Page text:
Friday, December 26, 2014

The Modern Regulatory State and Administrative Law

Cass Sunstein, Walmsley University Professor at Harvard Law School

Harvard Magazine in its current Jan/2015 issue has an article on Cass Sunstein, Walmsley University Professor at Harvard Law School, which gives some insight into the intellectual background and political perspectives of the current trends in regulation and administrative law. Cass Sunstein and Barack Obama were both professors of law at the University of Chicago. Sunstein led the White House Office of Information and Regulatory Affairs from 2009 to 2012, which he described as “the cockpit of the regulatory state.” The full article can be found at The Legal Olympian.

To address the crisis of the Great Depression, the New Deal transformed the system of checks and balances by increasing the power of the president, reducing the clout of the federal judiciary, and increasing the size of the national bureaucracy so that its power rivaled that of Congress. The New Deal transformed the system of federalism by transferring power from the states to the federal government. It redefined individual rights, from “rights to be free from government intrusion” to “government protection against the multiple hazards of industrialized society.” The result was “a dramatic change in the fabric of the national government….”

To Sunstein, President Franklin Delano Roosevelt’s 1944 State of the Union Address “has a strong claim to being the greatest speech of the twentieth century.” FDR used it to propose a Second Bill of Rights, to redress what he described as the Constitution’s inadequacies. He recommended rights to “a useful and remunerative job”; for “every businessman, large and small, to trade in an atmosphere of freedom from unfair competition and domination by monopolies”; to “a decent home”; to “adequate medical care”; to “adequate protection from the economic fears of old age, sickness, accident, and unemployment”; and to “a good education.” They “spell security,” the president said: “For unless there is security here at home, there cannot be lasting peace in the world.”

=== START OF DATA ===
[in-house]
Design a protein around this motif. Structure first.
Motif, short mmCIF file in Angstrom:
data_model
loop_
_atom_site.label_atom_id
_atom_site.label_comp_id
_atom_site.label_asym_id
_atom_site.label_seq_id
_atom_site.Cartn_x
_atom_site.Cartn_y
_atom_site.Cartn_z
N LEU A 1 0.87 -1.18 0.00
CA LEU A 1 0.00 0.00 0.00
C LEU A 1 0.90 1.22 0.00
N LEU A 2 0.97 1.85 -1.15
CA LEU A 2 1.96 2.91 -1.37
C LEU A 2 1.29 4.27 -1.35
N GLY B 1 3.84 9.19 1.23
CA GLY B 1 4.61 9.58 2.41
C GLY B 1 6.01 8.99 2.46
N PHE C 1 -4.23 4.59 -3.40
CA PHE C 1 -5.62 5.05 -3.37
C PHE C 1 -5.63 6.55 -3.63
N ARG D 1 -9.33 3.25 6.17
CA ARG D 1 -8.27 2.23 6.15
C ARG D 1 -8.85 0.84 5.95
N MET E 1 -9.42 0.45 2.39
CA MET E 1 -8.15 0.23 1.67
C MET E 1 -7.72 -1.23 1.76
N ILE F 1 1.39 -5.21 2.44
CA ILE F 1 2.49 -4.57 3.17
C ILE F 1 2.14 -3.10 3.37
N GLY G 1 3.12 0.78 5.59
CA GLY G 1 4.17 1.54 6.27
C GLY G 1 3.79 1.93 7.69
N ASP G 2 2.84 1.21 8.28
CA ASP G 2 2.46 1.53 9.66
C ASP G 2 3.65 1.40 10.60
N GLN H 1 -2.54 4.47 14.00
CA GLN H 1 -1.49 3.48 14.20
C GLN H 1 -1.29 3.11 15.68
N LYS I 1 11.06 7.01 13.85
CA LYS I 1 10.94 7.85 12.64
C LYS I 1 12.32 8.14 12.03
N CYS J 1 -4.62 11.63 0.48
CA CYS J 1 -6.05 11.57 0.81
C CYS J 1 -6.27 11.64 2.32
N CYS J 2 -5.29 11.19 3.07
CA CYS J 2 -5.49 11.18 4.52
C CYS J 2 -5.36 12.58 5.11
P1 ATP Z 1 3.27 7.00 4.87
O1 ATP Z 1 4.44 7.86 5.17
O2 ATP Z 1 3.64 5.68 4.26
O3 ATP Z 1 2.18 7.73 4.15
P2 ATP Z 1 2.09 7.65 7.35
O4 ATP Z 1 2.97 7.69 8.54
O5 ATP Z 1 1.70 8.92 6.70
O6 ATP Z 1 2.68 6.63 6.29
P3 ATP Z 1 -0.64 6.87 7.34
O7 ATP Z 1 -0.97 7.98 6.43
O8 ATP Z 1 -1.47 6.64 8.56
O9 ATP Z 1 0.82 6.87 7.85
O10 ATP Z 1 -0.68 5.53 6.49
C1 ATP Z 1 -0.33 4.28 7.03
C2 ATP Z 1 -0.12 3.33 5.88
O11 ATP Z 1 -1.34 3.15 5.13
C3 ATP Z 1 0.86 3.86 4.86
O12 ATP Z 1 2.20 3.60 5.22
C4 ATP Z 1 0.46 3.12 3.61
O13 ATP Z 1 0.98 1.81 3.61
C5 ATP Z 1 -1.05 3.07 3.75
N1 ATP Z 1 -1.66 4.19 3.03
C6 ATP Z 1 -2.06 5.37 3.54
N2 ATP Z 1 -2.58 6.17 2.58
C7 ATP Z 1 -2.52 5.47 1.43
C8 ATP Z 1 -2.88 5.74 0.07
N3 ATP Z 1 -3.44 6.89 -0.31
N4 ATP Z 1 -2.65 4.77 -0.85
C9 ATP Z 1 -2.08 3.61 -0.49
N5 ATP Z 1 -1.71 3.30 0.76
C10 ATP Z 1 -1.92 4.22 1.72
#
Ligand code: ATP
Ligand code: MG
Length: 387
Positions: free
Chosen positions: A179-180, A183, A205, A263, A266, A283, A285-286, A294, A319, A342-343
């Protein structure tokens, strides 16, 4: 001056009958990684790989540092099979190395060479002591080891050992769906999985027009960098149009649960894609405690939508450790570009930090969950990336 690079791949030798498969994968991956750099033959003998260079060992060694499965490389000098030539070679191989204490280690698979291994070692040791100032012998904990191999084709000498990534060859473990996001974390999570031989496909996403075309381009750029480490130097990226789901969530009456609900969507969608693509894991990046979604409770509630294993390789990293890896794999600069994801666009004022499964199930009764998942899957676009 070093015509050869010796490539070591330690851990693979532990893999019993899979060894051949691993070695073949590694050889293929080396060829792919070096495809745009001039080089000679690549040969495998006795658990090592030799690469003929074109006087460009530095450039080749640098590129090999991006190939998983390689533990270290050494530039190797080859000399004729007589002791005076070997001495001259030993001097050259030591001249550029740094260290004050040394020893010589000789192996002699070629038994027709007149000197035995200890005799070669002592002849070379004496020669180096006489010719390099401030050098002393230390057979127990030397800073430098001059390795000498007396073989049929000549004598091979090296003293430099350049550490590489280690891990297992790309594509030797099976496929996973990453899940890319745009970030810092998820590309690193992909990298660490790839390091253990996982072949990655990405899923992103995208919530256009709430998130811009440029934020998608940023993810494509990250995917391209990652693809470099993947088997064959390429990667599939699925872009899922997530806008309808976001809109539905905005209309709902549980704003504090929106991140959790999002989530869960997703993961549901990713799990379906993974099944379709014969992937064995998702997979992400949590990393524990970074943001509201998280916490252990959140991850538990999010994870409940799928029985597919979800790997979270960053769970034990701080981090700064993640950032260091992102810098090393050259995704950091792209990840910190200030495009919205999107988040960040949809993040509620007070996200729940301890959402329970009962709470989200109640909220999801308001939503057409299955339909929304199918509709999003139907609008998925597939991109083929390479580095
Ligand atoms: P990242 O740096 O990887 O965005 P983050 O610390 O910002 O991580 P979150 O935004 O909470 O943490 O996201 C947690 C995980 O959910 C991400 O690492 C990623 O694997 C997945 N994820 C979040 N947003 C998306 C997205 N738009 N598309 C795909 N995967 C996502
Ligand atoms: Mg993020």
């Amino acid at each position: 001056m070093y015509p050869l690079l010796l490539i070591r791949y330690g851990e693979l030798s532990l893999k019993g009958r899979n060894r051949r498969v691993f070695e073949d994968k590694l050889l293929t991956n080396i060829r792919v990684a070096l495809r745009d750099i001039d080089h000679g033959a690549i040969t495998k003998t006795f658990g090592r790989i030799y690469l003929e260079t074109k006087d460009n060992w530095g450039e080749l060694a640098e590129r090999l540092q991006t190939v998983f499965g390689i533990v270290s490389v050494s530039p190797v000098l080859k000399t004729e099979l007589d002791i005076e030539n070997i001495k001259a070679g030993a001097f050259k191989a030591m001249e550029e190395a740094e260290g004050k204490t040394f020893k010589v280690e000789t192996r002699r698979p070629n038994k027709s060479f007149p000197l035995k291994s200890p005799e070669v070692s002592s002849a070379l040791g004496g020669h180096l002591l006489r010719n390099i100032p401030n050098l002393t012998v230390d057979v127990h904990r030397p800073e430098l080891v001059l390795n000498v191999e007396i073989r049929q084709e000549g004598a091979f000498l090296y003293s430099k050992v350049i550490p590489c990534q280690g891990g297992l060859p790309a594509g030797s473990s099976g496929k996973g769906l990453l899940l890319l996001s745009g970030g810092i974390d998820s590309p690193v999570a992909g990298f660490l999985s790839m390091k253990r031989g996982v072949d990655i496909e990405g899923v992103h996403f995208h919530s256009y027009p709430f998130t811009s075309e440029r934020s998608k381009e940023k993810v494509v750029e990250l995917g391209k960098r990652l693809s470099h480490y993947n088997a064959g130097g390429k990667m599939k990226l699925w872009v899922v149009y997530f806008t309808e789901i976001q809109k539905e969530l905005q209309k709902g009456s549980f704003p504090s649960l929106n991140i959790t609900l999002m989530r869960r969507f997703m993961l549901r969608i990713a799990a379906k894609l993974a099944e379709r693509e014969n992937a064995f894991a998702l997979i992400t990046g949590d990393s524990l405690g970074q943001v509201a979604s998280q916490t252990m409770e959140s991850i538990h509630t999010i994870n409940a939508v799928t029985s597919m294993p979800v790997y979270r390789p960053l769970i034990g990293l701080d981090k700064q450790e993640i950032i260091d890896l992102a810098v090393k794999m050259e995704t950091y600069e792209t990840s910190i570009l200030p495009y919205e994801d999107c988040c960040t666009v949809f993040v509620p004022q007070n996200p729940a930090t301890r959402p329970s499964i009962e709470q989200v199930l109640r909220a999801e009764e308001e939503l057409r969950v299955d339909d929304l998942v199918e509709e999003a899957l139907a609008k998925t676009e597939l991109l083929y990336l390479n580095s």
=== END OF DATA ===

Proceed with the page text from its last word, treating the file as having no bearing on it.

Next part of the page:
One of the criticisms comes from a report for the Administrative Conference of the United States, an independent federal agency with the mission of improving regulation. The report documented that reviews by Sunstein’s office of proposed federal rules “took longer in 2011 and 2012 because of concerns about the agencies issuing costly or controversial rules prior to the November 2012 election.”